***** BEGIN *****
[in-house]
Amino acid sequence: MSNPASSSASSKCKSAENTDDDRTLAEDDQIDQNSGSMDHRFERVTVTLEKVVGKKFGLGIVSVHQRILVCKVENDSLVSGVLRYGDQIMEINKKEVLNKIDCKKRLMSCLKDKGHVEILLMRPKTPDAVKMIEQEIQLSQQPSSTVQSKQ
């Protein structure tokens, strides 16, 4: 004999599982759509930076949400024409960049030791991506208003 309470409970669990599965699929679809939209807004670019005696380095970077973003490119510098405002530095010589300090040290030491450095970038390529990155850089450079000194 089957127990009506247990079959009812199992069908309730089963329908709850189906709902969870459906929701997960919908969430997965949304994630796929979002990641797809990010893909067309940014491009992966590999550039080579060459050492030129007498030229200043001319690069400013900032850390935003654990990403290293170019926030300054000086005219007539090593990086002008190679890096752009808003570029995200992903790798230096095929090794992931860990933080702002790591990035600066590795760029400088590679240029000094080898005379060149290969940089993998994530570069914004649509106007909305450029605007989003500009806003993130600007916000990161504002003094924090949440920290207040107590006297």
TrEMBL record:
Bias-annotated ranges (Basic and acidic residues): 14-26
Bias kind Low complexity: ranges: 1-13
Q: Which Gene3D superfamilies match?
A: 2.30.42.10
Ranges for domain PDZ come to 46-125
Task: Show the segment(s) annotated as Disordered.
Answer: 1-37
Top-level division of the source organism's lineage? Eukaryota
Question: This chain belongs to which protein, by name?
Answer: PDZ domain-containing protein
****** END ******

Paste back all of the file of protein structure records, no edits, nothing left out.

[in-house]
Amino acid sequence: MSNPASSSASSKCKSAENTDDDRTLAEDDQIDQNSGSMDHRFERVTVTLEKVVGKKFGLGIVSVHQRILVCKVENDSLVSGVLRYGDQIMEINKKEVLNKIDCKKRLMSCLKDKGHVEILLMRPKTPDAVKMIEQEIQLSQQPSSTVQSKQ
């Protein structure tokens, strides 16, 4: 004999599982759509930076949400024409960049030791991506208003 309470409970669990599965699929679809939209807004670019005696380095970077973003490119510098405002530095010589300090040290030491450095970038390529990155850089450079000194 089957127990009506247990079959009812199992069908309730089963329908709850189906709902969870459906929701997960919908969430997965949304994630796929979002990641797809990010893909067309940014491009992966590999550039080579060459050492030129007498030229200043001319690069400013900032850390935003654990990403290293170019926030300054000086005219007539090593990086002008190679890096752009808003570029995200992903790798230096095929090794992931860990933080702002790591990035600066590795760029400088590679240029000094080898005379060149290969940089993998994530570069914004649509106007909305450029605007989003500009806003993130600007916000990161504002003094924090949440920290207040107590006297």
TrEMBL record:
Bias-annotated ranges (Basic and acidic residues): 14-26
Bias kind Low complexity: ranges: 1-13
Q: Which Gene3D superfamilies match?
A: 2.30.42.10
Ranges for domain PDZ come to 46-125
Task: Show the segment(s) annotated as Disordered.
Answer: 1-37
Top-level division of the source organism's lineage? Eukaryota
Question: This chain belongs to which protein, by name?
Answer: PDZ domain-containing protein